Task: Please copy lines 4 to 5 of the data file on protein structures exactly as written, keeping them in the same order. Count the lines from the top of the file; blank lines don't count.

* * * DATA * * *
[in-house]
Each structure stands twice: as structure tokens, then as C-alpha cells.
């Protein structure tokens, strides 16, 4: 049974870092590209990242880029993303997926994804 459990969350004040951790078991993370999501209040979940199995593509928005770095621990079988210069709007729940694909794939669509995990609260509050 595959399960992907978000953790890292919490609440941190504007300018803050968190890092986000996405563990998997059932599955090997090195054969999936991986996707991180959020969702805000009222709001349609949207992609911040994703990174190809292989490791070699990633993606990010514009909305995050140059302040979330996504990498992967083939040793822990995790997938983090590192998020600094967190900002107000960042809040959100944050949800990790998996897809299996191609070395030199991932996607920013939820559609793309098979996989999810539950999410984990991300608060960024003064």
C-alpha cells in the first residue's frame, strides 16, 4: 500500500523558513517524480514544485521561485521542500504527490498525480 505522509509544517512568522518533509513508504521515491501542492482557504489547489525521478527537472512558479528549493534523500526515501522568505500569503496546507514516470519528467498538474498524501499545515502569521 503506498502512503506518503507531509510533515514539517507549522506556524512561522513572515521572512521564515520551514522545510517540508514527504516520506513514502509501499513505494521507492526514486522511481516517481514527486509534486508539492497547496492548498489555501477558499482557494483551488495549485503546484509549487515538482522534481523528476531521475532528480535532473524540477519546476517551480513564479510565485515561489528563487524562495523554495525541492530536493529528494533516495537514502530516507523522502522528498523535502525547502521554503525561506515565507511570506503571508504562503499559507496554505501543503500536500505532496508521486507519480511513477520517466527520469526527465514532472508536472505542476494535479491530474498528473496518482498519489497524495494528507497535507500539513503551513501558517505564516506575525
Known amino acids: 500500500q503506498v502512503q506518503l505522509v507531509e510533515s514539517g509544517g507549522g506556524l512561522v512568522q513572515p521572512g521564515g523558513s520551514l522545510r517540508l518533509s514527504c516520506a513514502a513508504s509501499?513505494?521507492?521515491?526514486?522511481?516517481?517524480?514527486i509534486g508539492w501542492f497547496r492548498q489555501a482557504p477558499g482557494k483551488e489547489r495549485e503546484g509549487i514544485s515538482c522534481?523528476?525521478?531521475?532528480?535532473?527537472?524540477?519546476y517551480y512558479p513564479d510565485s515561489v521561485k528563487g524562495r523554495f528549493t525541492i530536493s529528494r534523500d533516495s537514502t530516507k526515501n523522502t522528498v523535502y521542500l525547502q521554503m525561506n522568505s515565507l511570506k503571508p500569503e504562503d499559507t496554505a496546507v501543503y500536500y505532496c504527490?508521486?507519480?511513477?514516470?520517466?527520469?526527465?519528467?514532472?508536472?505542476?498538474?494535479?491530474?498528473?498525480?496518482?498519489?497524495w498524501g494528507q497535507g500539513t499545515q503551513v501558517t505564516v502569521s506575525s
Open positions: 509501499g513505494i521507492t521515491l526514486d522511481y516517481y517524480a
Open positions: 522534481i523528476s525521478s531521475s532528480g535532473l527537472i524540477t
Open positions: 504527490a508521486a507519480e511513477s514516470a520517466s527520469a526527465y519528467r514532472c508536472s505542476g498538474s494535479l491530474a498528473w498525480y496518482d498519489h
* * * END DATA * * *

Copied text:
C-alpha cells in the first residue's frame, strides 16, 4: 500500500523558513517524480514544485521561485521542500504527490498525480 505522509509544517512568522518533509513508504521515491501542492482557504489547489525521478527537472512558479528549493534523500526515501522568505500569503496546507514516470519528467498538474498524501499545515502569521 503506498502512503506518503507531509510533515514539517507549522506556524512561522513572515521572512521564515520551514522545510517540508514527504516520506513514502509501499513505494521507492526514486522511481516517481514527486509534486508539492497547496492548498489555501477558499482557494483551488495549485503546484509549487515538482522534481523528476531521475532528480535532473524540477519546476517551480513564479510565485515561489528563487524562495523554495525541492530536493529528494533516495537514502530516507523522502522528498523535502525547502521554503525561506515565507511570506503571508504562503499559507496554505501543503500536500505532496508521486507519480511513477520517466527520469526527465514532472508536472505542476494535479491530474498528473496518482498519489497524495494528507497535507500539513503551513501558517505564516506575525
Known amino acids: 500500500q503506498v502512503q506518503l505522509v507531509e510533515s514539517g509544517g507549522g506556524l512561522v512568522q513572515p521572512g521564515g523558513s520551514l522545510r517540508l518533509s514527504c516520506a513514502a513508504s509501499?513505494?521507492?521515491?526514486?522511481?516517481?517524480?514527486i509534486g508539492w501542492f497547496r492548498q489555501a482557504p477558499g482557494k483551488e489547489r495549485e503546484g509549487i514544485s515538482c522534481?523528476?525521478?531521475?532528480?535532473?527537472?524540477?519546476y517551480y512558479p513564479d510565485s515561489v521561485k528563487g524562495r523554495f528549493t525541492i530536493s529528494r534523500d533516495s537514502t530516507k526515501n523522502t522528498v523535502y521542500l525547502q521554503m525561506n522568505s515565507l511570506k503571508p500569503e504562503d499559507t496554505a496546507v501543503y500536500y505532496c504527490?508521486?507519480?511513477?514516470?520517466?527520469?526527465?519528467?514532472?508536472?505542476?498538474?494535479?491530474?498528473?498525480?496518482?498519489?497524495w498524501g494528507q497535507g500539513t499545515q503551513v501558517t505564516v502569521s506575525s